By Steve Pedery, Oregon Wild
Oregon Wild, the state’s leading public lands and wildlife conservation organization, today voiced strong opposition to H.R. 4019, the “Federal Forests County Revenue, Schools, and Jobs Act of 2012”. The bill, which received a hearing in Congress this morning, would legally mandate that the U.S. Forest Service and Bureau of Land Management (BLM) log no less than 33.2 billion board feet per year—15 times greater than 2010 levels—to generate funds to support county budgets.
“Apparently, the leadership of the U.S. House of Representatives believes we can clear-cut our way to prosperity,” observed Steve Pedery, Conservation Director for Oregon Wild. “It is like the DeFazio, Schrader, and Walden clear-cut logging plan on steroids.”
The brainchild of Chairman of the House Natural Resources Committee Rep. Doc Hastings (R-WA), H.R. 4019 mandates intensive logging, grazing, and oil and gas production in order to hit unrealistic revenue targets. To meet the mandated county funding goals, environmental laws such as the Endangered Species Act and Clean Water Act would not apply to projects carried out under the legislation. Additionally, the right of American citizens to challenge the decisions of their government in court for these projects would be suspended.
Also released today, but notably missing from H.R. 4019 was the much-hyped proposal by Reps. Peter DeFazio, Kurt Schrader, and Greg Walden to put approximately 1.2 million acres of publicly-owned BLM land into a dedicated logging “trust”, where it would be similarly managed for industrial logging to generate revenue for some western Oregon counties. This proposal – titled the “O&C Trust, Conservation, and Jobs Act” – was developed in secret over the last six months and has generated intense opposition from Oregonians opposed to clear-cut logging and the likely effects on salmon and clean water.
Conservationists observed that neither plan would actually do much to solve the impasse over county funding.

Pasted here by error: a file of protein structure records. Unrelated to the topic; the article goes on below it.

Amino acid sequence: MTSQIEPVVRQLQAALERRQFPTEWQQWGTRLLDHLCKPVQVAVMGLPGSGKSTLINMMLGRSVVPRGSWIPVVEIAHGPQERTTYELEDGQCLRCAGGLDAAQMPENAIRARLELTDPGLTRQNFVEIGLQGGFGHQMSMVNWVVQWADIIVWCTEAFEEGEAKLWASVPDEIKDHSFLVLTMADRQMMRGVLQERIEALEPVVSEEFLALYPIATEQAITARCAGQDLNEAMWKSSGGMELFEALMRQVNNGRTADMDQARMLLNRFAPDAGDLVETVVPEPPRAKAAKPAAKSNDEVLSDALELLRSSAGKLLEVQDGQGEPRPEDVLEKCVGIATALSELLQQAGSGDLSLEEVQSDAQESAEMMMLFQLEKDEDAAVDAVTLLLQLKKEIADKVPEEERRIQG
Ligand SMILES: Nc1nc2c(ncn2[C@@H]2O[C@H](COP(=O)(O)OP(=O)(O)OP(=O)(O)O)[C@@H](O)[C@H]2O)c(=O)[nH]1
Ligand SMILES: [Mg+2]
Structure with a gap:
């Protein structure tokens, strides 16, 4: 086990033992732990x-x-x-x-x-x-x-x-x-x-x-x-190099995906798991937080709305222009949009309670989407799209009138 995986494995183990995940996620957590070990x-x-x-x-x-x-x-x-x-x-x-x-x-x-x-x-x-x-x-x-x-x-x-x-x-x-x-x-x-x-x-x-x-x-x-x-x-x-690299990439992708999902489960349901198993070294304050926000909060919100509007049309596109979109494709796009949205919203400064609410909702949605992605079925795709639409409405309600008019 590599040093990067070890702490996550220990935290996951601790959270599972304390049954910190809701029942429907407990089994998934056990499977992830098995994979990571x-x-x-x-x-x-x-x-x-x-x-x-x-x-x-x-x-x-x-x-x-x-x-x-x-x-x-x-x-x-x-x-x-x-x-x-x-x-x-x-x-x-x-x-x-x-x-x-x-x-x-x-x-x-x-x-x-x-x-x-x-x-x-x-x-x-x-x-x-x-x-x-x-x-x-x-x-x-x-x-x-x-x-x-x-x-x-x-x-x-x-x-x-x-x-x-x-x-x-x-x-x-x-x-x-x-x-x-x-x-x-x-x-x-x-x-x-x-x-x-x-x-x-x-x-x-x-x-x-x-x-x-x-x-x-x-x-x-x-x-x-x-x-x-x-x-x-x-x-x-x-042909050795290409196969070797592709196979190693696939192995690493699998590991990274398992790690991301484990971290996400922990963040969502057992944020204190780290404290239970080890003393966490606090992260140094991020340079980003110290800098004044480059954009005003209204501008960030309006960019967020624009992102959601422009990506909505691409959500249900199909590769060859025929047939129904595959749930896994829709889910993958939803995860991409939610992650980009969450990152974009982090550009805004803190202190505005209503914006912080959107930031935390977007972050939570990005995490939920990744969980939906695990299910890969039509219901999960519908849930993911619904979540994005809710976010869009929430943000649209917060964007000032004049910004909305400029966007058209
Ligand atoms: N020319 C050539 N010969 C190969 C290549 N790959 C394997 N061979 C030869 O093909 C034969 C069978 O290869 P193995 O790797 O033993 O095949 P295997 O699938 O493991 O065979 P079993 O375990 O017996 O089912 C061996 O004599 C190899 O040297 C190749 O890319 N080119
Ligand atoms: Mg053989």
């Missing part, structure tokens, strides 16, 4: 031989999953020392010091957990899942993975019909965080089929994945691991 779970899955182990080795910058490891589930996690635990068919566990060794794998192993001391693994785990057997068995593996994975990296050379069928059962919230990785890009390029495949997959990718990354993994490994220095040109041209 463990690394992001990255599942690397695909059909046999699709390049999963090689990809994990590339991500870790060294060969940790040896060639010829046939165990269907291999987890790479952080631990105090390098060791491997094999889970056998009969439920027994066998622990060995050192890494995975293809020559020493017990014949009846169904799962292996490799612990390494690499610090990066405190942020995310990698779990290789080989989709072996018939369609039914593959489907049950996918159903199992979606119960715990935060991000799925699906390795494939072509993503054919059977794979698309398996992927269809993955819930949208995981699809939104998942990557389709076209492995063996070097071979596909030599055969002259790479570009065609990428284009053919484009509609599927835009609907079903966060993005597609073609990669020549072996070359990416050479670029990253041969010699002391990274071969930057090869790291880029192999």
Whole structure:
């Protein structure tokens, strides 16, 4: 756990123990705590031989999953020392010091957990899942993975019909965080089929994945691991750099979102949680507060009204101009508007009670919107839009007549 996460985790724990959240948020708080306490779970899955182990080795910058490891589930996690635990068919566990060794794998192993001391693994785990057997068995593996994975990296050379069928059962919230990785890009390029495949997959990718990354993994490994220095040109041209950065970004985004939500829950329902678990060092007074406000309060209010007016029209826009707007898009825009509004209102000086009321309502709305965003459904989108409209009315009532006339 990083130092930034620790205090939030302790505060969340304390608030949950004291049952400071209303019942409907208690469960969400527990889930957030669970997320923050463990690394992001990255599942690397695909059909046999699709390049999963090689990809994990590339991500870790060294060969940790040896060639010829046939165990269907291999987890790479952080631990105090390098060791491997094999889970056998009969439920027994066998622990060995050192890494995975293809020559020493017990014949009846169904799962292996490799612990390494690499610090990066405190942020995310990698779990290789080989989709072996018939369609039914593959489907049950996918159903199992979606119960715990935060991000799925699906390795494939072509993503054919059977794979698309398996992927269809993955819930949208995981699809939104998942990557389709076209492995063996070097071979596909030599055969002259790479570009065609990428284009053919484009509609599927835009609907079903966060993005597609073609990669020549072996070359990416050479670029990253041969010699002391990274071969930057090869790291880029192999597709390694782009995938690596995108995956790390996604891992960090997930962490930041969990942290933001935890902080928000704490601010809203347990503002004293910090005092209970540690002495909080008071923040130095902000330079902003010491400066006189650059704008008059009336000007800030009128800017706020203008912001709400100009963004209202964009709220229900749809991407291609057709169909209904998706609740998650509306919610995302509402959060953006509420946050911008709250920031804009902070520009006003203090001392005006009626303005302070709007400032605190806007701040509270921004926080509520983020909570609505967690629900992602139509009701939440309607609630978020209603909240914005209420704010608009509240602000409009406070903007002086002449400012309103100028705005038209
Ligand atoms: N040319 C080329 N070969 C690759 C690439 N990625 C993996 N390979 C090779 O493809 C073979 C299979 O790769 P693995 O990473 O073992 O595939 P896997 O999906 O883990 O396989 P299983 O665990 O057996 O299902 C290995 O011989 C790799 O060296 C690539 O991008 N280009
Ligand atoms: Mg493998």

“Under the Hastings bill, we would need to see a 1,500 percent increase in logging on America’s public lands,” said Pedery. “To generate the money needed to bail out county budgets in western Oregon at current timber prices, Reps. DeFazio, Schrader, and Walden would need to increase logging on public BLM lands by 400 to 500 percent. The public won’t stand for that kind of rampant clear-cutting, and Congress knows it. The House of Representatives seems more interested in posturing and creating false hope than in actually solving the problem.”
Both measures seek to re-frame the House of Representatives failure to consider a temporary extension of important county funding legislation as a “logging problem” rather than a failure of leadership. Sen. Ron Wyden and Sen. Jeff Merkley have been working to advance such a measure in the U.S. Senate.
During the logging epidemic that swept across America’s public forestlands in the 1970s and 1980s, county budgets received a share of logging sale revenues. While this generated an enormous windfall, it also polluted thousands of miles of rivers and severely damaged fish and wildlife habitat. Strong public opposition finally brought an end to rampant clear-cutting in the 1990s – and the money going to counties from timber sales shrank. Congress cushioned the fall by instituting Secure Rural Schools legislation, first passed in 2000, to help transition the counties away from dependence on federal timber receipts. These county payments expired this January.
Earlier this month, a coalition of six local, state, and national conservation organizations unveiled a balanced, three-pronged strategy to solve the looming county funding crunch. This “shared responsibility” approach, where county governments, the State of Oregon, and the federal government would each take responsibility for resolving a portion of the county funding problem, stands in stark contrast to the Hastings and DeFazio proposals being debated in committee today.